No one wants to minimize the impact of medical errors on patients. But it’s important to understand the resulting impact on involved providers and their organizations. Ignoring these other “victims” of patient safety events can significantly and negatively affect healthcare organizations and overall patient safety.
As such, preventable medical errors really have three victims:
- First Victims: Patients, their families and social networks
- Second Victims: Healthcare practitioners
- Third Victims: Healthcare organizations
And considering the high volume of medical errors that occur annually, the number of “victims” is growing exponentially. In fact, preventable medical errors are a leading cause of death in the United States. Estimates of annual unnecessary deaths range from 98,000, according to the well-known Institution of Medicine “To Err is Human” 1999 report, to more than 440,000, according to a 2015 Journal of Patient Safety Study.
With an average of four clinical providers per inpatient, that means that between 500,000 and 2 million providers could also be impacted each year (and that doesn’t take into account the even higher numbers of medical errors that harm, but don’t kill, their patient victims..
Rightfully so, patients are considered the primary victims of such scenarios. However, healthcare practitioners involved with a preventable medical error oftentimes become second victims — traumatized by the event, plagued with resulting self-doubt, and fearful for their jobs, even when they’ve had longstanding success and previously unblemished records.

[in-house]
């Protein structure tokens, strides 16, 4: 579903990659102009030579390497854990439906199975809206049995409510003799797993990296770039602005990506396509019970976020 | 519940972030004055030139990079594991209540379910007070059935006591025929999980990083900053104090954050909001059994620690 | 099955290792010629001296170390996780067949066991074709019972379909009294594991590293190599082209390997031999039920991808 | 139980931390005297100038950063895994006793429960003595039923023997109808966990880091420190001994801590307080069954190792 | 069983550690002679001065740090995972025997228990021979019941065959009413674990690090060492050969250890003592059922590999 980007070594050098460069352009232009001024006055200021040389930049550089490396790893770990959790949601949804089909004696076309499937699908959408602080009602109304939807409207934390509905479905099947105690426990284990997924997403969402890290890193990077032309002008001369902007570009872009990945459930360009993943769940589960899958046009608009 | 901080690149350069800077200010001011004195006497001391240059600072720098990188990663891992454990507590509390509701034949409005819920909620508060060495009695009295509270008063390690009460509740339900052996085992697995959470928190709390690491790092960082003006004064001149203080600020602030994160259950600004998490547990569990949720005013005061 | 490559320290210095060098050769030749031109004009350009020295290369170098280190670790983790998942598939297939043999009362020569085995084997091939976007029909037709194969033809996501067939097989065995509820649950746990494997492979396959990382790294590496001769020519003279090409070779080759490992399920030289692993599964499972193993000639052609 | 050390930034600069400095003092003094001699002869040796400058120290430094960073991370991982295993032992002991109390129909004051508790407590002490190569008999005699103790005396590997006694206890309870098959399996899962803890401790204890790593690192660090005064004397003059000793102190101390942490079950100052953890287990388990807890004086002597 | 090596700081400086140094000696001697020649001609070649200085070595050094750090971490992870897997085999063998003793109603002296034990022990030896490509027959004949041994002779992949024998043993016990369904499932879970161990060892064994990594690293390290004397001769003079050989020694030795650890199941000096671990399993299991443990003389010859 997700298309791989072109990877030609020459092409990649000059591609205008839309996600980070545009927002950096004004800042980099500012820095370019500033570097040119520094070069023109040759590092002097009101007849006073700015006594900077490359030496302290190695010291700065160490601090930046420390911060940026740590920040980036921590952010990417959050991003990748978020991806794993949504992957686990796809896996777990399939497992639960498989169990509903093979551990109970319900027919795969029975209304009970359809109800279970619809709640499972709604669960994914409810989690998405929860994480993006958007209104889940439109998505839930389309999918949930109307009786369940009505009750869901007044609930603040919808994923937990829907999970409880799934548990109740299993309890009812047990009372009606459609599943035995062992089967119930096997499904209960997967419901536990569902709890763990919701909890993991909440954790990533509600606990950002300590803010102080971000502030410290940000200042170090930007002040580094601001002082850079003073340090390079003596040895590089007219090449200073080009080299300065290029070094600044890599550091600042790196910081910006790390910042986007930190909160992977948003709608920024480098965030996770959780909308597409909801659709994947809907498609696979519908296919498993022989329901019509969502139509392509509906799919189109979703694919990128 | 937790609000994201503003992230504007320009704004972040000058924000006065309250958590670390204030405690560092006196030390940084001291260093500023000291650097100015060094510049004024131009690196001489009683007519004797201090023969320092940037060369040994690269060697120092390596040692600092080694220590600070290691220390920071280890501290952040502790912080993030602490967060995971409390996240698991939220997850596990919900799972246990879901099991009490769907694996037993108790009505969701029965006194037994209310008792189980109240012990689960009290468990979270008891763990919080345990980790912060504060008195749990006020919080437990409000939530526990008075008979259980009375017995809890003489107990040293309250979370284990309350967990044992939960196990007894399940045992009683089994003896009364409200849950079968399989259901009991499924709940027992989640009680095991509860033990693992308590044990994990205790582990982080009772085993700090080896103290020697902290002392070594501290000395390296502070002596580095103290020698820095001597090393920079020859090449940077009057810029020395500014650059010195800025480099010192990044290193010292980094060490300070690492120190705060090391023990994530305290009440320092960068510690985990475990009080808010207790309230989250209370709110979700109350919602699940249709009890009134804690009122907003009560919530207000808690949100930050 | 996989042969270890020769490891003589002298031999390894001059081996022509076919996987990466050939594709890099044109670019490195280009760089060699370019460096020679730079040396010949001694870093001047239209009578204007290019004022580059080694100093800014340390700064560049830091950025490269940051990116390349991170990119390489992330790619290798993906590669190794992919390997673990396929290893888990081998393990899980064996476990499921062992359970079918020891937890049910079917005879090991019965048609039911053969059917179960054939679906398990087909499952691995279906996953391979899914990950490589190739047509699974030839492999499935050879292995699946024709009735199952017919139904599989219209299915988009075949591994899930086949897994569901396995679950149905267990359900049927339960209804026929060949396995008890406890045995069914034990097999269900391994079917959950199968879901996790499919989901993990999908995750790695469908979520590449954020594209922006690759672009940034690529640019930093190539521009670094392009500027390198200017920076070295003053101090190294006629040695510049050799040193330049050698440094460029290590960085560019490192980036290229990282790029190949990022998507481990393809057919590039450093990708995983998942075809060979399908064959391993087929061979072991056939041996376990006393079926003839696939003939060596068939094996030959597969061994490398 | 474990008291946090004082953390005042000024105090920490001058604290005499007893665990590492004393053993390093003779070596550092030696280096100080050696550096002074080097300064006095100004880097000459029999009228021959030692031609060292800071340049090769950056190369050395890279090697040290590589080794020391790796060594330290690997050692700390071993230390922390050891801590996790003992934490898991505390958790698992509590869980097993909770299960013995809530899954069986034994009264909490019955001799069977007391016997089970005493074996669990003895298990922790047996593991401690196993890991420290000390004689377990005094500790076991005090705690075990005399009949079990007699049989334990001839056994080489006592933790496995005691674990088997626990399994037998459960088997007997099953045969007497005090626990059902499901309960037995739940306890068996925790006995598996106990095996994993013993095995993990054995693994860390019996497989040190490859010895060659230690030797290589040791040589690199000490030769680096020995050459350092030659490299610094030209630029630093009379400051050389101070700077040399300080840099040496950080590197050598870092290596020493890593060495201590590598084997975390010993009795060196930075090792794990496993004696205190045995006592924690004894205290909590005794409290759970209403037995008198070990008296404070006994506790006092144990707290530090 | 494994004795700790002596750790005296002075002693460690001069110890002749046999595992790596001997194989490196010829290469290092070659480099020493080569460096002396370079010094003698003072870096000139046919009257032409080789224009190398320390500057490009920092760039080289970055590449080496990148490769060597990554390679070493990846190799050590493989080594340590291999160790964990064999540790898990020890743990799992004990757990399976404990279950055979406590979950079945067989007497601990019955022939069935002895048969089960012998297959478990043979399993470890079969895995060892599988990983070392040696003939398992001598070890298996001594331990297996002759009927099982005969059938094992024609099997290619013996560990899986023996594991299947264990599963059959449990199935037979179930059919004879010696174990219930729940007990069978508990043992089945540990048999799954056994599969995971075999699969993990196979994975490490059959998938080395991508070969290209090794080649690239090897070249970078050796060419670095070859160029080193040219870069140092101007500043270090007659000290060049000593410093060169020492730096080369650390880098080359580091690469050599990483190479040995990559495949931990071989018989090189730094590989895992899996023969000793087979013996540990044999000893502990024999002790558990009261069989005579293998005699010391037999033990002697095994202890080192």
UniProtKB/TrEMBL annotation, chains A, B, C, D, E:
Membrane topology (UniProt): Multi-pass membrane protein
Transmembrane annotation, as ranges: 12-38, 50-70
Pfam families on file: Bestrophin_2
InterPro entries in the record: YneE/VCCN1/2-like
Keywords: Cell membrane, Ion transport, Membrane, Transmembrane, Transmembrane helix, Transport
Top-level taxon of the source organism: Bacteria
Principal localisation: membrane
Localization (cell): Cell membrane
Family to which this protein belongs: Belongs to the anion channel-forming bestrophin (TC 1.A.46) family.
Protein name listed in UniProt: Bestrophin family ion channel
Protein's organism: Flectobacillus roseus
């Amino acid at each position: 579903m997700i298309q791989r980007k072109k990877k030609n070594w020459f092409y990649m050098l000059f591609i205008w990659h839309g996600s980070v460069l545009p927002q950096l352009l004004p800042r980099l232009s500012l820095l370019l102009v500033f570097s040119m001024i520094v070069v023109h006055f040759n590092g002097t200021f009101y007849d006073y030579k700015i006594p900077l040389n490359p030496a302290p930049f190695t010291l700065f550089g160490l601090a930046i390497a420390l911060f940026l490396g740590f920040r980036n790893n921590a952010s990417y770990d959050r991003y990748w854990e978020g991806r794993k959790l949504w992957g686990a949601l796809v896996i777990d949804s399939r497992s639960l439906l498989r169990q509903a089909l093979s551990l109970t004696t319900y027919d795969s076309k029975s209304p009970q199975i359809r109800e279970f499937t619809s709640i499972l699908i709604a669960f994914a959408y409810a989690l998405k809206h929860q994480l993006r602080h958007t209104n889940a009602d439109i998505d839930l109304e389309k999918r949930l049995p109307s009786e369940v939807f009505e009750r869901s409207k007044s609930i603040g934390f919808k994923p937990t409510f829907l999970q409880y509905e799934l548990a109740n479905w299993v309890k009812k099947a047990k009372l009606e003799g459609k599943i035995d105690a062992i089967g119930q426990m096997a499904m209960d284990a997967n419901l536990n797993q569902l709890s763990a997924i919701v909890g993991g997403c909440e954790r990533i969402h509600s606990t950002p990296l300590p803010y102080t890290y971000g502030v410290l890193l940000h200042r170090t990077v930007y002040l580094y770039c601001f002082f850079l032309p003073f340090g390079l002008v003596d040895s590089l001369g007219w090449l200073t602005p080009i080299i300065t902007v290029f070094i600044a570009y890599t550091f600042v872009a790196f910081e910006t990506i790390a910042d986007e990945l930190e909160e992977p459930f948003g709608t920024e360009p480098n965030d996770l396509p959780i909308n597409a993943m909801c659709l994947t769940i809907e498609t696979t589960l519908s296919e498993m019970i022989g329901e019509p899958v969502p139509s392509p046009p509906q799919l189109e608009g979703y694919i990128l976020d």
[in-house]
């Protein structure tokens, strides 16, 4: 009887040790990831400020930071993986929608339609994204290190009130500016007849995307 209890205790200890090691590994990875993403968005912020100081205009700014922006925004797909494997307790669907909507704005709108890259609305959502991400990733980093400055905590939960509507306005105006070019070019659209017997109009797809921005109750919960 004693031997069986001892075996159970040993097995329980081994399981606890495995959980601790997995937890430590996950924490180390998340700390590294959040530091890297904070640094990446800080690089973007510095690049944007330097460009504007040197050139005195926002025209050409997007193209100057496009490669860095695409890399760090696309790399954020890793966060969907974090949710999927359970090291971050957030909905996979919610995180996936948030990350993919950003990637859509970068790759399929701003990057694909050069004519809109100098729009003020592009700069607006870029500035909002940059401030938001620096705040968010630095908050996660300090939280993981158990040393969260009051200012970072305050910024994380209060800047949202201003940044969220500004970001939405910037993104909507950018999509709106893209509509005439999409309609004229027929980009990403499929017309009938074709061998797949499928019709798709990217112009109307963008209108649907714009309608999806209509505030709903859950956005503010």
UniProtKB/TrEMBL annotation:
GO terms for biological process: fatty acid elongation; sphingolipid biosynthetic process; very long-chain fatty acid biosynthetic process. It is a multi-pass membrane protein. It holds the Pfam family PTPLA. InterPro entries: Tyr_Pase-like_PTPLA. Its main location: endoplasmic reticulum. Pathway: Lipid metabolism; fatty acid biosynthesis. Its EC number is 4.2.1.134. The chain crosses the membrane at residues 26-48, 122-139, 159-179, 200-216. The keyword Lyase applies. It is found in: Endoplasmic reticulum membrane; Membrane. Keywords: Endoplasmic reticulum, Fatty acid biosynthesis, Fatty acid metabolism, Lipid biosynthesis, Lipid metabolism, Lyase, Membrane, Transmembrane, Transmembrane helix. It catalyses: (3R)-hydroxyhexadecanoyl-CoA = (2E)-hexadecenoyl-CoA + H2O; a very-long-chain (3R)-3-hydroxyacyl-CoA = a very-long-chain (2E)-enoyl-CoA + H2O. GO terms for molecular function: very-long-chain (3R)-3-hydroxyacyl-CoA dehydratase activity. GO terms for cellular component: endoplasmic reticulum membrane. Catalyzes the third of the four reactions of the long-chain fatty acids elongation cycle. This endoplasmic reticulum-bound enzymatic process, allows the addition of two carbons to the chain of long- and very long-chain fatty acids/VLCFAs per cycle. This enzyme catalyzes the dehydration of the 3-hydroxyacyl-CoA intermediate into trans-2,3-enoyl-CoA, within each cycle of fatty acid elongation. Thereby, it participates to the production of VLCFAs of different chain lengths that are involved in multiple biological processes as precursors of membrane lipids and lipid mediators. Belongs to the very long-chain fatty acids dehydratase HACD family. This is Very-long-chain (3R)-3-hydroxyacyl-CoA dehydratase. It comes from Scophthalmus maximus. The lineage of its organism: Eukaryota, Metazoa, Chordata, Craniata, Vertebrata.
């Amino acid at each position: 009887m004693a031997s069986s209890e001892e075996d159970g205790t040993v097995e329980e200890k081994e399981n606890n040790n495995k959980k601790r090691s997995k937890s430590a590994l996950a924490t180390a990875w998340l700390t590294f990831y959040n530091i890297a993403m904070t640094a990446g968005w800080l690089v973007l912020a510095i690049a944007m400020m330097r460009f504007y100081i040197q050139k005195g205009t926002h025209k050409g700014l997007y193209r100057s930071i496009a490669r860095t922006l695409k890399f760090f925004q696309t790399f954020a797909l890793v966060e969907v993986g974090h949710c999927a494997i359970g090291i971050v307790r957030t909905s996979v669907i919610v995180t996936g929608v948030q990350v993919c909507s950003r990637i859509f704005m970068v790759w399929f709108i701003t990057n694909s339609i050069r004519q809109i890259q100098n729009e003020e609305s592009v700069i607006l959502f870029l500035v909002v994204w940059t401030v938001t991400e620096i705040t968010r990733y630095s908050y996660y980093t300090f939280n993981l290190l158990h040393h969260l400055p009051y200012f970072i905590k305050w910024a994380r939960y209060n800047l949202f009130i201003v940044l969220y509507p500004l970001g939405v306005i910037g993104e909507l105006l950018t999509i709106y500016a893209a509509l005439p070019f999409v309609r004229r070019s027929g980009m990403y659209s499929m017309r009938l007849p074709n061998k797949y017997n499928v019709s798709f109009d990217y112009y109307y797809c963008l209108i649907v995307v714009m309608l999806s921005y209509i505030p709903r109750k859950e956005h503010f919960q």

In turn, healthcare organizations can then become third victims when they lose one of these valued practitioners, or if a practitioner is no longer as effective as before because of the adverse event’s impact on his or her psyche and work. This of course further breeds a culture of medical errors, and therefore, more first and second victims.
In attempt to break the cycle, healthcare organizations are deploying more support to the second victims of medical errors — the healthcare providers– in addition to focusing on patients.
For instance, the University of Missouri Health System has implemented a framework of support strategies and interventions for its healthcare workers involved in medical error events. The framework focuses on:
- Open discussions of event response plans
- Active identification of second victims
- Immediate interventional support
- “Safe Zones” for sharing concerns/feelings
- Pre-education of event review process and reference guide
The University of Missouri Health System was spurred into action after interviewing and surveying its healthcare practitioners that had been party to various medical error events, and discovering they were experiencing tremendous psychological and social stress.
And while the health system of course wanted to better support and help its invaluable employees, the launch of and continued investment in its second victim support program is not just a feel good exercise: It’s improving practitioner performance, patient event and near miss reporting, root cause analysis, and in effect, patient safety in general.
If you or your organization is interested in better supporting all the victims of patient safety events, learn more about risk management in healthcare.